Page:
Salivating over salvia?
You can see, salivate--and purchase--salvias and more at the spring premiere plant sale sponsored by the UC Davis Arboretum and Public Garden on Saturday, April 6.
They'll offer everything from "Bee's Bliss" to "Black Lace" to "Blaze" to "Brilliance." Among the many others: "Whirly Blue, "Pozo Blue," "Marine Blue," "Little Kiss," "Midnight," "Pink Cadillac" and "Hot Lips."
The plant sale, open to the public, is set from 9 a.m. to 1 p.m. at the one-acre Arboretum Teaching Nursery on Garrod Drive. It's a great place to buy plants to attract our pollinators: bees, butterflies, birds, beetles and bats. Not to mention syrphid flies, aka hover flies/flower flies!
You can download the plant sale inventory on the website. Favorites include the Arboretum All-Stars and California native plants, as well as herbs, perennials, shade plants, bushes, trees, vines and more.
Can't make it on Saturday, April 6? Plant sales are also scheduled Saturday, April 27 and Saturday, May 11.
Happy spring! Happy salivating! And happy/hungry pollinators!
A black butterfly with iridescent blue hindwings, it's a frequent visitor to our garden, where it nectars on such plants as the butterfly bush, Buddleia davidii, the Mexican sunflower (Tithonia), and sage (Salvia).
But if you want it as a permanent resident, plant its host plant, the California Dutchman's pipe, Aristolochia californica. You'll see the cycle of life--from eggs to caterpillars to chrysalids to adults.
And that breathtaking "bolt of blue."
The Dutchman's pipe is just one of thousands of plants that will be offered at the UC Davis Arboretum and Public Garden's Plant Sale on Saturday, March 9 at its nursery on Garrod Drive, near the UC Davis School of Veterinary Medicine. Members can shop from 9 to 11 (you can join at the gate or online) and the public sale is from 11 a.m. to 1 p.m.
As they say online: "Members of the Friends of the UC Davis Arboretum and Public Garden or the Davis Botanical Society are welcome to shop our first spring plant sale and receive early admittance for the best plant selection, a $10-off member appreciation gift, complimentary refreshments and 10% off their plant sale purchases! In addition, new members receive a $10-off coupon as a thank you for joining. Not a member? Join the Friends online, at the door or call ahead.
Most of the plants are grown onsite, says Taylor Lewis, nursery manager. Native plants, drought-tolerant plants, host plants for butterflies, and plants that attract bees, butterflies, hummingbirds and other pollinators are popular, not to mention the much-in-demand Arboretum All Stars, plants that do well in our area, even if you don't have a green thumb.
Want to know what plants are available? The website provides a list in both PDF and Excel. If you peruse the list--and you should before you go--you'll find narrow-leaf milkweed and showy milkweed (host plants for monarchs), and plants with such fascinating names as Bush Tango Kangaroo Paw, Aster Bugtopia, Dazzleberry Stonecrop, Bee's Bliss Purple Sage, Pocahontas Beard Tongue, Red Dragon Monkey Flower, and Baja California Fairy Duster. And lots of lavenders and salvia!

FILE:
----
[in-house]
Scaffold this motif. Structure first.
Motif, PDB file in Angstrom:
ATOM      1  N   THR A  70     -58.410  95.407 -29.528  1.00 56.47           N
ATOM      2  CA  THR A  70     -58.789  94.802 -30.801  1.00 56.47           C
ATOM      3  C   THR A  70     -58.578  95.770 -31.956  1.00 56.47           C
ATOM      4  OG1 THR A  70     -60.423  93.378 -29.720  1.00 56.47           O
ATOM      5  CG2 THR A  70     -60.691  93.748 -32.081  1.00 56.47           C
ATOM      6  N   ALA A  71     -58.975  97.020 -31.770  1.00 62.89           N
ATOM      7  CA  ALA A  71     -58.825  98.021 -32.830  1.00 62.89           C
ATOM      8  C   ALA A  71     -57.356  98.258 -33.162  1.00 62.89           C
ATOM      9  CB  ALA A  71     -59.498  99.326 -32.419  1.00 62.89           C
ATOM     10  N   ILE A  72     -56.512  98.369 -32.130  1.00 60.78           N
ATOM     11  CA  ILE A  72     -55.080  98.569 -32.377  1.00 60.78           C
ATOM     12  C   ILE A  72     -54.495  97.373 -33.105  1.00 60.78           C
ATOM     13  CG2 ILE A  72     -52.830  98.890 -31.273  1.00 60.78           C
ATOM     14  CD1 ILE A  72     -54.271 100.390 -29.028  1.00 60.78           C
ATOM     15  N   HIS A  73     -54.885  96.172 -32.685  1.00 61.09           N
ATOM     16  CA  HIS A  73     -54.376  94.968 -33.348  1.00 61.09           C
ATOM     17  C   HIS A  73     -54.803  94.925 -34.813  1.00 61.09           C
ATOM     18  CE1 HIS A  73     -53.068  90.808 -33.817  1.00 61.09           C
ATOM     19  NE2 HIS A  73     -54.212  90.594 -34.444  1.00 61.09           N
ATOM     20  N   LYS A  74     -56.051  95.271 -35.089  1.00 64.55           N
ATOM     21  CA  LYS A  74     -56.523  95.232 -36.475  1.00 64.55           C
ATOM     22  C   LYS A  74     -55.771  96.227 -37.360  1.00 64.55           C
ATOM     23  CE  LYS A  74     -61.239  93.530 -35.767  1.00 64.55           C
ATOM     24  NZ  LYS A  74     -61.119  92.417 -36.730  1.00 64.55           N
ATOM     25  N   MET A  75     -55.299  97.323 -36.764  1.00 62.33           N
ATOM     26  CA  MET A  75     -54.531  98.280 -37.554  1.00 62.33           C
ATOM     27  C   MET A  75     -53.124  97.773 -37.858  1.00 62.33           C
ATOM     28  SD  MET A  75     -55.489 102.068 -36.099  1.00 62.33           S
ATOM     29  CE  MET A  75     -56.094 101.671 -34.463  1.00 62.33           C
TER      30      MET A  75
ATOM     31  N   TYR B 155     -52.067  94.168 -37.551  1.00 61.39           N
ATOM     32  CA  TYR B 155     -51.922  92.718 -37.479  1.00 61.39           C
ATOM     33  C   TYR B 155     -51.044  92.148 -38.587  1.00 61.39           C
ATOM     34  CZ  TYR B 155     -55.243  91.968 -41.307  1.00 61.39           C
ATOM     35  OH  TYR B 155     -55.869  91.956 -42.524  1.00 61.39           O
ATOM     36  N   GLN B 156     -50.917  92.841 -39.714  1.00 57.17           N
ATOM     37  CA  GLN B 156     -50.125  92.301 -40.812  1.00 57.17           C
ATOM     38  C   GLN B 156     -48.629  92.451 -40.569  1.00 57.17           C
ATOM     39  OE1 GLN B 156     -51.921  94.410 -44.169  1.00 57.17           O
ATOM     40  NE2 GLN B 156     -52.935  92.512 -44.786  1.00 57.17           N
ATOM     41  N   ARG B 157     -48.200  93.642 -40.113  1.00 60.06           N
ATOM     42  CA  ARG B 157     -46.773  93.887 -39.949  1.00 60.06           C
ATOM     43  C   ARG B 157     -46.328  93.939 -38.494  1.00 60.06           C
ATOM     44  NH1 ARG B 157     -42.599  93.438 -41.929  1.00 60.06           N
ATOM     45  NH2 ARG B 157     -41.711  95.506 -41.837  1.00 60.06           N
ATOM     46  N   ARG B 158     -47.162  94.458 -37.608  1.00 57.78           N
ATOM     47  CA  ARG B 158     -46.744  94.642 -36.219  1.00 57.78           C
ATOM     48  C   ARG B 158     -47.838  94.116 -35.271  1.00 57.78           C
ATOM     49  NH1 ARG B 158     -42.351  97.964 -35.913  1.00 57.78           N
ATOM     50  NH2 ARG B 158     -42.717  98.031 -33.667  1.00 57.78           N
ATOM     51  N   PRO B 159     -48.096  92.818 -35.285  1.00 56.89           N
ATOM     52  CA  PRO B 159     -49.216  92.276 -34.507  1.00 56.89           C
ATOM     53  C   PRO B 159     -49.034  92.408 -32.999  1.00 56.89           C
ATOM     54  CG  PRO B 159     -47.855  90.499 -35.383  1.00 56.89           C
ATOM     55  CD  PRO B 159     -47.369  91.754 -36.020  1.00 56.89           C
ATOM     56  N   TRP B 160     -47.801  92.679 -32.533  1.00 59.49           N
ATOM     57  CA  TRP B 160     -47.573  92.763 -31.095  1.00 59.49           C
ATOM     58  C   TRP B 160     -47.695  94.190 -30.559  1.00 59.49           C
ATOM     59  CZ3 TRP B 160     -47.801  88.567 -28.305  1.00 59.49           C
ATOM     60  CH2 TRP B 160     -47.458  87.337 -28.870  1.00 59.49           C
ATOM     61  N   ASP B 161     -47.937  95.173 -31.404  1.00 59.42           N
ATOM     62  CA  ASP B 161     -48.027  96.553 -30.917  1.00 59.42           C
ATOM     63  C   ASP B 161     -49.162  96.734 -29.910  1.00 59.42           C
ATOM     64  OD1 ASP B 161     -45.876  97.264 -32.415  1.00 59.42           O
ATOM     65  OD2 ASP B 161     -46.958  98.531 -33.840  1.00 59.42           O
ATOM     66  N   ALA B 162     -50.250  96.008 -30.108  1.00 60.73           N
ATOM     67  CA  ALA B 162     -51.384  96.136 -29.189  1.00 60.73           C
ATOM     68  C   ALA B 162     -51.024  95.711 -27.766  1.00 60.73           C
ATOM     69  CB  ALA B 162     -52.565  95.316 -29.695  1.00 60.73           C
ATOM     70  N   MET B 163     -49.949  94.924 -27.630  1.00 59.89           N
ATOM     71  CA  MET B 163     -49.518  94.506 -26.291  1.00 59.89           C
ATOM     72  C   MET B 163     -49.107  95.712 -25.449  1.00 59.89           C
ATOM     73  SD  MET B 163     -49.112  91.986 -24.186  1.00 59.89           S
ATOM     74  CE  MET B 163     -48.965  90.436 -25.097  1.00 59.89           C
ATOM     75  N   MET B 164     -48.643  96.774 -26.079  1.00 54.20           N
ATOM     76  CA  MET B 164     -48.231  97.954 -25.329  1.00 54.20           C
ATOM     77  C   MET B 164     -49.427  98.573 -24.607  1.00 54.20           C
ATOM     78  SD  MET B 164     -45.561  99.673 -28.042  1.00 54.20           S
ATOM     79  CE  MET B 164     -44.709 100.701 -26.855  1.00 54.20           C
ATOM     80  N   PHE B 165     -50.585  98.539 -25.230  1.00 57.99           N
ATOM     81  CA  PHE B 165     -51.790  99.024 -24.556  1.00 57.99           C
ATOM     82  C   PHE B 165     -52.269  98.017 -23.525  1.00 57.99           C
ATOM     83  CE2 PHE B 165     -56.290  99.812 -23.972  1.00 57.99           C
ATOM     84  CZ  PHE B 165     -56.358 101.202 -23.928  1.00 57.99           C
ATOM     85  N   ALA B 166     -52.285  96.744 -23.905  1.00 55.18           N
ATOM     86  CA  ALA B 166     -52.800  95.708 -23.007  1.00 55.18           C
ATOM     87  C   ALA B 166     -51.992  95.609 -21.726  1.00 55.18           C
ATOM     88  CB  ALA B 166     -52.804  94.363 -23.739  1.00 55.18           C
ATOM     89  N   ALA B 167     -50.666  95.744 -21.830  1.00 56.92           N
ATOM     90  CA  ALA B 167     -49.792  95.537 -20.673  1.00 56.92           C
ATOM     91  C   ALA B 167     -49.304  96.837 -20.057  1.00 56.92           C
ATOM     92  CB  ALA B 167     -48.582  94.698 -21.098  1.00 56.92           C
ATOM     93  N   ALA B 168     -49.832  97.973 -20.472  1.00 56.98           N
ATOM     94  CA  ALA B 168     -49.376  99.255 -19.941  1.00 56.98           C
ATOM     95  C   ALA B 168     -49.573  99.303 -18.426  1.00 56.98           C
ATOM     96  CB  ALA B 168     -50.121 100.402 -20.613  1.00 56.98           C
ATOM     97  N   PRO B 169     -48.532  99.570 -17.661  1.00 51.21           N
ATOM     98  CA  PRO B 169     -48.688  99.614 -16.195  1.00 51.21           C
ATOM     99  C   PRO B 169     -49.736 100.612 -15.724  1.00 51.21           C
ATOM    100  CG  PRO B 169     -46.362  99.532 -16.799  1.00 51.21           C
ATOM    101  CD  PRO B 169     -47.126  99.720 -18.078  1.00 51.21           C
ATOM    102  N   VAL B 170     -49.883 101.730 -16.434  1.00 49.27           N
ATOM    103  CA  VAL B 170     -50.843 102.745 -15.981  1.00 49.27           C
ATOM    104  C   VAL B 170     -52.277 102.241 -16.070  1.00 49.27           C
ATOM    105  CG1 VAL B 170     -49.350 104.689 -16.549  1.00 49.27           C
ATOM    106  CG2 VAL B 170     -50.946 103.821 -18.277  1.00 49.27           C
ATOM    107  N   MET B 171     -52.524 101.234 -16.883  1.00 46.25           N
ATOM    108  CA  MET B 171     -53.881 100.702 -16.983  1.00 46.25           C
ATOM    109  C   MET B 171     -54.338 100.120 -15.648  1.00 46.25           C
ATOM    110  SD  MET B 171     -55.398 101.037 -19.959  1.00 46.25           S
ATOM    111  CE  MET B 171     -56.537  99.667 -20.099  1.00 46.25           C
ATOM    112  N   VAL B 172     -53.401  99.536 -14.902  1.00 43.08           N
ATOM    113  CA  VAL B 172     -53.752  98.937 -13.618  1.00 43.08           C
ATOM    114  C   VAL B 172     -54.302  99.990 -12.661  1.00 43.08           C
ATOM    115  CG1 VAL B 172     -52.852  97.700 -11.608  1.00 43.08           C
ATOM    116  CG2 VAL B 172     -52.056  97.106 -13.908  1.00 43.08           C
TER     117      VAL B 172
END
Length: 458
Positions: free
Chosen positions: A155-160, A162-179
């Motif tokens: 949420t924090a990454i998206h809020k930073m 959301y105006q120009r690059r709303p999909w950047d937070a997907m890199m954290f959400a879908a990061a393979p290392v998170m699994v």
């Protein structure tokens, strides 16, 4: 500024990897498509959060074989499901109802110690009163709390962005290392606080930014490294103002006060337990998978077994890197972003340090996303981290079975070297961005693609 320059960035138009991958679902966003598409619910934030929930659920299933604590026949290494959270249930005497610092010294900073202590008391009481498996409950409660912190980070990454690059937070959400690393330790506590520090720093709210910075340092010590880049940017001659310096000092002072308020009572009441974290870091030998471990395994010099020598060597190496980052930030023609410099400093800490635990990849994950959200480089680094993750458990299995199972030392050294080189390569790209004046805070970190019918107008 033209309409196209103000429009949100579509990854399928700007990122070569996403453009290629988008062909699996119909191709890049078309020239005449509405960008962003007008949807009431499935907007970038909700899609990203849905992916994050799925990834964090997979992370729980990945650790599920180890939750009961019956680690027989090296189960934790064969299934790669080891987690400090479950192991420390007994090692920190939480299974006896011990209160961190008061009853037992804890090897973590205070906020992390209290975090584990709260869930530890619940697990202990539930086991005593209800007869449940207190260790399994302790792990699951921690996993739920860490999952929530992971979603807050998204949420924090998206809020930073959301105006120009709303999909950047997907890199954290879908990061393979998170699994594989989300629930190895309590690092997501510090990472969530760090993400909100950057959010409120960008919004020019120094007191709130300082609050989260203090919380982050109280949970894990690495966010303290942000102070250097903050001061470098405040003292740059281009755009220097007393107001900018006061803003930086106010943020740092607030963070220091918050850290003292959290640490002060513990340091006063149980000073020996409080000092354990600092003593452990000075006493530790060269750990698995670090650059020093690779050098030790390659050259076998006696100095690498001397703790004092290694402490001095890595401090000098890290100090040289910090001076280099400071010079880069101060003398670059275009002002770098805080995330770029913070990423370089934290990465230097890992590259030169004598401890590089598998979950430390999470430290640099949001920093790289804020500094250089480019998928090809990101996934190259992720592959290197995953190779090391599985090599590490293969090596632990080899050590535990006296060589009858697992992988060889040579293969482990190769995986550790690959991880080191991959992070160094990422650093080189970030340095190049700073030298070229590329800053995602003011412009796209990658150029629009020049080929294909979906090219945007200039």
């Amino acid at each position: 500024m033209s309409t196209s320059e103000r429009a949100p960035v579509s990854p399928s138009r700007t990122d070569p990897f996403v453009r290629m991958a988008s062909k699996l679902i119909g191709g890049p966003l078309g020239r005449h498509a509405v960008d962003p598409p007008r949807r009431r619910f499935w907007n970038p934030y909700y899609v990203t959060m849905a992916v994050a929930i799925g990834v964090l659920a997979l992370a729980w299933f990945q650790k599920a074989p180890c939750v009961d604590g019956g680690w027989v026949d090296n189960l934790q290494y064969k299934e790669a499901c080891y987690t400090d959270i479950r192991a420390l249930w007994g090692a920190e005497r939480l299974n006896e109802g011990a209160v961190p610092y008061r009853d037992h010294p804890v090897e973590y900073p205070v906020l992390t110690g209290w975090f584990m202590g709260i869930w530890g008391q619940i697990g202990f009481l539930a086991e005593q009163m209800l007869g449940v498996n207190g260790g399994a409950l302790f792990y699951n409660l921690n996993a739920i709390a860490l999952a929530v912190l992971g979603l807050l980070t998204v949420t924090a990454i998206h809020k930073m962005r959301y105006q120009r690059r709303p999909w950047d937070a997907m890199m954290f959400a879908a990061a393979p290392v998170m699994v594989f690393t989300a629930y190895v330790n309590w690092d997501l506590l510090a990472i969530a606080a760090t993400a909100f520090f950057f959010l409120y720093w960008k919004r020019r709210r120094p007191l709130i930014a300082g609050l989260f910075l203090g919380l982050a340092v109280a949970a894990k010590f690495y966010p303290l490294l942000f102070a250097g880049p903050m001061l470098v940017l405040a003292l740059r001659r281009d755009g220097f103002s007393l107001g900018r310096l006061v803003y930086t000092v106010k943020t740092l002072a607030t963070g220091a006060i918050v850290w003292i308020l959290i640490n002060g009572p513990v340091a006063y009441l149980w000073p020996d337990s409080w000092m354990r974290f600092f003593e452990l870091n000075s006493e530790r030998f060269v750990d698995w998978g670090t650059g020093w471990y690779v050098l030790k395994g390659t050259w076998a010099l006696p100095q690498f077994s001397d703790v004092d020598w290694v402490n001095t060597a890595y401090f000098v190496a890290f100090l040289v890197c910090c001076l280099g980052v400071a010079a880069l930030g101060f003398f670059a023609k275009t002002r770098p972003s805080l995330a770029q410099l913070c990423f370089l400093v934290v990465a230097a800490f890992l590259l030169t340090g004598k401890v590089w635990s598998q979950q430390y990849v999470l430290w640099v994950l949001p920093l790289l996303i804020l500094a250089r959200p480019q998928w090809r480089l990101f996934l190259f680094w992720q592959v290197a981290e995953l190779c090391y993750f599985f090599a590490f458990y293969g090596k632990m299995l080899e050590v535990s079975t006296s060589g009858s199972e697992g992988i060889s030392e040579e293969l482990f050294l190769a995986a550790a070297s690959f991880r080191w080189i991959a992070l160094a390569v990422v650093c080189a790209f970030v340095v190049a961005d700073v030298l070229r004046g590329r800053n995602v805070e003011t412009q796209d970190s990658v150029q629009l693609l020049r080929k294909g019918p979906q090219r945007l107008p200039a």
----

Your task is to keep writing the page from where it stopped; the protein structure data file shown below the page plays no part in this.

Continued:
California figures into many of the names, from Calistoga California fuchsia, California Dutchman's pipe, California buckeye, California lilac and California sagebrush.
Is it spring yet?
Several UC Davis bumble bee enthusiasts--encouraged by native pollinator specialist Robbin Thorp, UC Davis distinguished emeritus professor of entomology--compete every January to find the first bumble bee of the year in Yolo and Solano counties.
It's a friendly competition. Gamers include Allan Jones, Gary Zamzow, both of Davis, and yours truly.
We have a winner!
On Thursday, Jan. 10 doctoral student Kim Chacon photographed a black-tailed bumble bee, Bombus melanopygus, on manzanita blossoms in the UC Davis Arboretum and Public Garden.
What a delightful find! And in between the rain drops!
This species is native to western North America, ranging from California to British Columbia and as far east as Idaho. It's commonly found on manzanitas, wild lilacs, wild buckwheats, lupines, penstemons, clovers, and sages, among others.
Chacon actually spotted an earlier bumble bee on Jan. 9 at 2:10 p.m. in the UC Davis Arboreutm, but had only her cell phone with her that day. It was a Bombus melanopygus on Arbutus in the Ericaceae section.
She captured some images with her cell phone, but "there was a big downpour about 15 minutes and I didn't bring my good camera, so I went home for the day. I know from my research that this particular location in the Arboretum is a hot spot for bees. The banks and flowering vegetation get plenty of sun. There are three possible spots in the Arboretum, according to my research, and this one had blooming flowers first."
But on Jan. 10, "I woke up determined to get good photos with my good camera!" She walked over to the Ericaceae section again in the Arboretum and spotted a Bombus melanopygus at 3:58 p.m. (See photos below)
Chacon, a UC Davis PhD student in geography, studies "habitat connectivity issues for bees at a landscape scale."